Mar 042012
 

Women and Charity in Spain, traces the evolution of the concept of women’s charity in Spain, specifically the way in which, beginning with the late Enlightenment period, women utilized the idea of feminine charity in their actions and words to assert themselves politically, economically and socially throughout the nineteenth and early twentieth centuries in Spain.

It seems only natural to approach this project the way eighteenth, nineteenth, and early twentieth-century women themselves approached it—that is, in a way that is multifaceted, multivalent, and uses multiple media.  Women’s production about charity was creative (in their poems, novels and short stories), it was informative (in their organizational reports, and in their journalistic writings) and it was political (in their requests for support, and in their feminist or even anti-feminist treatises), and perhaps most importantly it was almost always a group effort.  We hope to capture all those aspects in our project. Through an exhibition of important digital objects–images, facsimile texts, video and a searchable database– Dr. Elizabeth Franklin Lewis and research team of undergraduate students from the University of Mary Washington (a public liberal arts university in Fredericksburg, Virginia, USA) explore  the ways women thought about, wrote about, and practiced charity from the late Enlightenment period to the early twentieth century.

Argentine novelist Julio Cortázar, in his “Table of Instructions” to his 1963 novel Rayuela  (Hopscotch), conceived of a very dynamic relationship between author, text and reader, stating:  “in its own way, this book consists of many books.”  This project too invites the very active participation of the reader,/viewer, offering multiple approaches to the materials found on the site and inviting active participation in their use and interpretation.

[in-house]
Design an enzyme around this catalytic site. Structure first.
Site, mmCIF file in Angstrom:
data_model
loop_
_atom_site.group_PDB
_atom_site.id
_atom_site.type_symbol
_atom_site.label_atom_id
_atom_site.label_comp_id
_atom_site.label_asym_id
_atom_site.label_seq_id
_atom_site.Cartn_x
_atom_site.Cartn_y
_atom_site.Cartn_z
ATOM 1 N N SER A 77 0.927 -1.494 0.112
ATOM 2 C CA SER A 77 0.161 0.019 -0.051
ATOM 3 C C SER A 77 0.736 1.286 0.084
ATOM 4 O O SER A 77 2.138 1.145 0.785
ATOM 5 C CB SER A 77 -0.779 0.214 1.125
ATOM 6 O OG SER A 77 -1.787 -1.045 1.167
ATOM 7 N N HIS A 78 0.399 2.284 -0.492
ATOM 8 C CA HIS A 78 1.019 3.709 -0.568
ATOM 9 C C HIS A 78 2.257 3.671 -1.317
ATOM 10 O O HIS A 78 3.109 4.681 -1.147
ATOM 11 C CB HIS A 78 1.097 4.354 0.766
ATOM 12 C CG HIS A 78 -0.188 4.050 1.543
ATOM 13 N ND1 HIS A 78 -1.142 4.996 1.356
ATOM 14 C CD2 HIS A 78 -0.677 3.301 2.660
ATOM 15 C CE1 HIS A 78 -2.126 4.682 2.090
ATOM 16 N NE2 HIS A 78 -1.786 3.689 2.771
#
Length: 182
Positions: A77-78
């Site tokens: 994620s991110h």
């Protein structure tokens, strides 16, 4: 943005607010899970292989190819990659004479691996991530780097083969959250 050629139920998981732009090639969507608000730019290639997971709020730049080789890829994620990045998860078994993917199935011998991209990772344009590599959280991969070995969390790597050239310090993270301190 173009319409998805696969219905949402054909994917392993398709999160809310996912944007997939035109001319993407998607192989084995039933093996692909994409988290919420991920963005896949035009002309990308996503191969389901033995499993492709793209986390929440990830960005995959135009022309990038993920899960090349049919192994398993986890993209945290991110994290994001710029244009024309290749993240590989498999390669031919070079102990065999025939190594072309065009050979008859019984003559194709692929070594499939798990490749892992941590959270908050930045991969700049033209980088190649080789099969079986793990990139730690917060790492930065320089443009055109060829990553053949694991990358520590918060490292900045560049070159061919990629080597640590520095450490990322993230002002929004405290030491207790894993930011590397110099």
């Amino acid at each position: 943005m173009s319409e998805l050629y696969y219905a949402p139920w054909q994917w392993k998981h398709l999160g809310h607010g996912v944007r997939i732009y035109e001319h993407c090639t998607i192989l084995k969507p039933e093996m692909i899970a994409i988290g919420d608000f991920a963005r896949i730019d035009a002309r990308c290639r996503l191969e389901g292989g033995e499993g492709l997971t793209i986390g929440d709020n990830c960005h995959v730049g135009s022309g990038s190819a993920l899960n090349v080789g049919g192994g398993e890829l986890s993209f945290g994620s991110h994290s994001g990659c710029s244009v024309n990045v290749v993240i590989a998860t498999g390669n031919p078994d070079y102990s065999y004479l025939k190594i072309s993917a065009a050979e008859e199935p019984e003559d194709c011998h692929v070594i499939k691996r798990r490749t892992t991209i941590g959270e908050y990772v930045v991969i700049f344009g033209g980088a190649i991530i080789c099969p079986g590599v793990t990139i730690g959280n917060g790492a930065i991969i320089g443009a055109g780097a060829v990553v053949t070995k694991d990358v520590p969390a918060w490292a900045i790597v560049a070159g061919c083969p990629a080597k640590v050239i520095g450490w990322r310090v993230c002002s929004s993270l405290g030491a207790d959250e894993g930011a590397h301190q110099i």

Our exhibit is divided into the sections:  “Women and Charity in Enlightenment Spain” looks at the beginnings of women’s social action in the late Enlightenment period, beginning with the debate over women’s participation in the Royal Economic Society of Madrid and the establishment of the Junta de Damas.   Women’s work with orphans, educating young working-class girls, and working with the female inmates of the Galera prison was both a response to male ilustrado’s  interest in involving women in their plans for social and economic reform, as well as an expression of their own political and social agenda for women.  The second exhibition–“From Frasquita Larrea to Concepción Arenal: Nineteenth-Century Women’s Charity”–shows how upper-middle class women embraced their sentimental roles as the figurative mothers of Spanish society while they still pursued women’s rights to education, work, and medical care.  Women’s charitable work also led them to be anti-war activists and to fight injustice for themselves and the poor.  The last exhibit–“Voting Rights, Social Service and Women’s Charity in Spain 1931-1941“–follows how both progressive women of the Second Republic and followers of the fascist Sección Femenina de la Falange shared a belief that their work providing education and medical care to poor women and children helped advance their political convictions.
These three exhibitions present in image and text the multiple expressions of the importance of charity to women from the late Enlightenment period through the beginning of the Franco period.   The primary texts, images, video and searchable databases displayed here are accompanied by student-authored introductory articles which place these objects in their historical context.
Our Project Team Members are:

Elizabeth Franklin Lewis, Professor of Spanish, University of Mary Washington

Lauren Guzinski, Spanish and Business student, University of Mary Washington (Spring-Fall 2011)

Carley McCready, Spanish student, University of Mary Washington (Spring-Fall 2011)

Lucia Morey, Spanish and Biology student, University of Mary Washington (Spring-Fall 2011)

Christian Vega, International Affairs student, University of Mary Washington (Spring-Fall 2011)

Sarah Abbot, Spanish student, University of Mary Washington (Spring 2012)

Madeline Albrittain, Spanish student, University of Mary Washington (Spring-Fall 2012)

Katie Lebling, Spanish student, University of Mary Washington (Spring-Fall 2012)

Lara Pugh,  Spanish student, University of Mary Washington (Spring-Fall 2012)

BACK to main page

Sorry, the comment form is closed at this time.